We think that customers are like, “Okay, we're kind of sick and tired of the way you guys are slicing and dicing the experience of being a fan of Harry Potter, or Half-Life, or The Incredibles, and you need to fix it. And the people that fix it will be rewarded, and the people that don't will- well, they'll be on the rubbish heap of history, or whatever the phrase is.

PC Gamer: I know a lot of the reason you guys came up with Steam was out of frustration at the publisher/retail model of PC gaming. Is there anything like that that still frustrates you about PC gaming today?

Gabe Newell: Well, the thing that we've been talking about is that we want - both on the production side and on the consumption side - to make it easier for people to be fans. The experience of being a fan right now is a treasure hunt, where a lot of times you get a toothbrush instead of a piece of candy. What's some candy that you hate? I'm going to use this as my new metaphor.

Right, so I'm a huge fan, and I go out to Barnes & Noble to get my book, and I go to Netflix to get my movie, and I go to GameStop... And it's really hard for me to gather this all together. I've got my little pile of Harry Potter, Lord of the Rings, and half of it is awesome sugary tastiness, and some of it is nasty liquorice. People are going to send me liquorice now.

The point is, I think that this is the reality for customers. And as an industry it's very convenient for us to ignore how hard we make it for our fans. The reality is that for a lot of fans, the social meta narrative around the game is about as exciting as the game itself. The fact that I can see what my friends think, and I can argue with people.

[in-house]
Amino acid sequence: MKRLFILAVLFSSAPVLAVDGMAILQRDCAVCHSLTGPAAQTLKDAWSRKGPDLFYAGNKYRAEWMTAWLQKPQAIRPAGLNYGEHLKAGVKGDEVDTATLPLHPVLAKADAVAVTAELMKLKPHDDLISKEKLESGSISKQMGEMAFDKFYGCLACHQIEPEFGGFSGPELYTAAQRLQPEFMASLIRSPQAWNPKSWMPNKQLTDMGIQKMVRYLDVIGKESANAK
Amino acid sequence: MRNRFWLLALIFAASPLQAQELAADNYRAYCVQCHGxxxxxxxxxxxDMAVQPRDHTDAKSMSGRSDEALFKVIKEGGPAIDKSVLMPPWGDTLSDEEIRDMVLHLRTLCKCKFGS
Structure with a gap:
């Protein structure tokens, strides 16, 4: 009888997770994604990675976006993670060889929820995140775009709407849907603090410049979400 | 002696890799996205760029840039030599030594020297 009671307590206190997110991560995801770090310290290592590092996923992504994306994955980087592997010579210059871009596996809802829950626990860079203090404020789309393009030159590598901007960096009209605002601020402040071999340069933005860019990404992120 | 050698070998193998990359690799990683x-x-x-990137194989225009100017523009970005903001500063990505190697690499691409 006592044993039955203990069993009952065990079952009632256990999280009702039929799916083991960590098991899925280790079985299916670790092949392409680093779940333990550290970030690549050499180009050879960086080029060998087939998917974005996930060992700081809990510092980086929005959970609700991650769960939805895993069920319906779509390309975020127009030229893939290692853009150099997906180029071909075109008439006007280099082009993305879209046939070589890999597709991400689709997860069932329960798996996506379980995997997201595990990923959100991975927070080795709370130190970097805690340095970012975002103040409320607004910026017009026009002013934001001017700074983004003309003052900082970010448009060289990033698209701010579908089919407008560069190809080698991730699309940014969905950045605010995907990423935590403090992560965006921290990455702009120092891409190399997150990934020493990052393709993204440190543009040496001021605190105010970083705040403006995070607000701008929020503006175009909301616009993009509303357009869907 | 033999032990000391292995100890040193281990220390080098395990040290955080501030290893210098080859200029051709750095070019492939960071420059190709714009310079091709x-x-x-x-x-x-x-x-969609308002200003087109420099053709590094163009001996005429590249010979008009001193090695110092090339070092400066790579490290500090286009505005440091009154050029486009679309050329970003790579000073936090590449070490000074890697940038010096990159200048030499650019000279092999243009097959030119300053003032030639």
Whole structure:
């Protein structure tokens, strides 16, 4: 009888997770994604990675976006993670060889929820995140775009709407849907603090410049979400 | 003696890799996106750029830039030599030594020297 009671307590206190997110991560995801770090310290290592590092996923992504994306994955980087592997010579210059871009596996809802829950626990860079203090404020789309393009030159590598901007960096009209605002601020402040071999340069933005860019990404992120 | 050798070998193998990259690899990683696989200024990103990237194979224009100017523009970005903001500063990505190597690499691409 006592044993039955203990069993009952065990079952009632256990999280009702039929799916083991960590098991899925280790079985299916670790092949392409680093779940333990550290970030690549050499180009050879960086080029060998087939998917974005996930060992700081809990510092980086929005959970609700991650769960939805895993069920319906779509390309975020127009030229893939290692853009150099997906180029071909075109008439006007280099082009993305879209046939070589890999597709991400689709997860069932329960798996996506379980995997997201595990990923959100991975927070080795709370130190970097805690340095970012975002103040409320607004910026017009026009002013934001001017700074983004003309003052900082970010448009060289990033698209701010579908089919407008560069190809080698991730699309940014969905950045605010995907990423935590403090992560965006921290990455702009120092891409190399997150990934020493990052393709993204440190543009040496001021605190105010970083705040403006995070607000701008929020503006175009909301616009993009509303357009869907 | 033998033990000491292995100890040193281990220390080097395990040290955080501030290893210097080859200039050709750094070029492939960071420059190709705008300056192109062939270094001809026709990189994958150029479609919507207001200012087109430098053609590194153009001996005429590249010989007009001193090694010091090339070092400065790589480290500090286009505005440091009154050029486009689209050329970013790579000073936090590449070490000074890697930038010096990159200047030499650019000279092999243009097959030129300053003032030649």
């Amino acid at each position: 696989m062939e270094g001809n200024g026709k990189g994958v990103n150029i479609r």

And yet games don't do a good job of integrating that into the experience. If you're a fan, you sort of cobble together, “I happen to know the magic websites to go to,” you know? We're not doing a good job, either on the production side or the consumption side. That's what we think is a set of problems that have to be solving right now.

PC Gamer: It seems almost institutionalised. As a gamer I assume that a movie based on a game is going to be shit.

Gabe Newell: Well, we've taught you as a gamer that it is going to suck, right? No matter how much you'd rather it didn't, it does. As a WoW player, I would much rather that the WoW team made the movie, right? Than anybody else. I like Sam Raimi, I've been a fan ever since Evil Dead came out, but I would rather see Blizzard making the movie.

PC Gamer: The fans say that, too. They see these amazing CG trailers and they say, “Make that as a movie!”

Gabe Newell: More to the point, it's not going to go wandering into the weeds and be some distraction, right? Like I have trouble in my head being a fan or Resident Evil, because I can't remember, “Is that character dead in the movie?” It's an odd, weird, screwed up experience to try to track it. I'd rather they just had the team that understands and built the thing that I love extend it, not have it be licensed to the lowest cost provider who's going to make the cheapest possible version.

Erik Johnson: And gets to walk away from it, too.

Gabe Newell: And gets to walk away from it at the end of the day.

Erik Johnson: We can't walk away from Half-Life, right?

Gabe Newell: If the Mario Brothers movie was a train wreck, nobody at the movie company lost their job, as much as they deserved to. I think that's a big issue at the moment that we need to think about. We're thinking about what we do in terms of making our lives simpler and not in terms of what customers and consumers really want, and that's what we have to fix.

Tomorrow we'll be asking Valve why they released Alien Swarm for free, and talking to its creator about how it changed when Valve hired them. Here's the rest of our Valve interviews.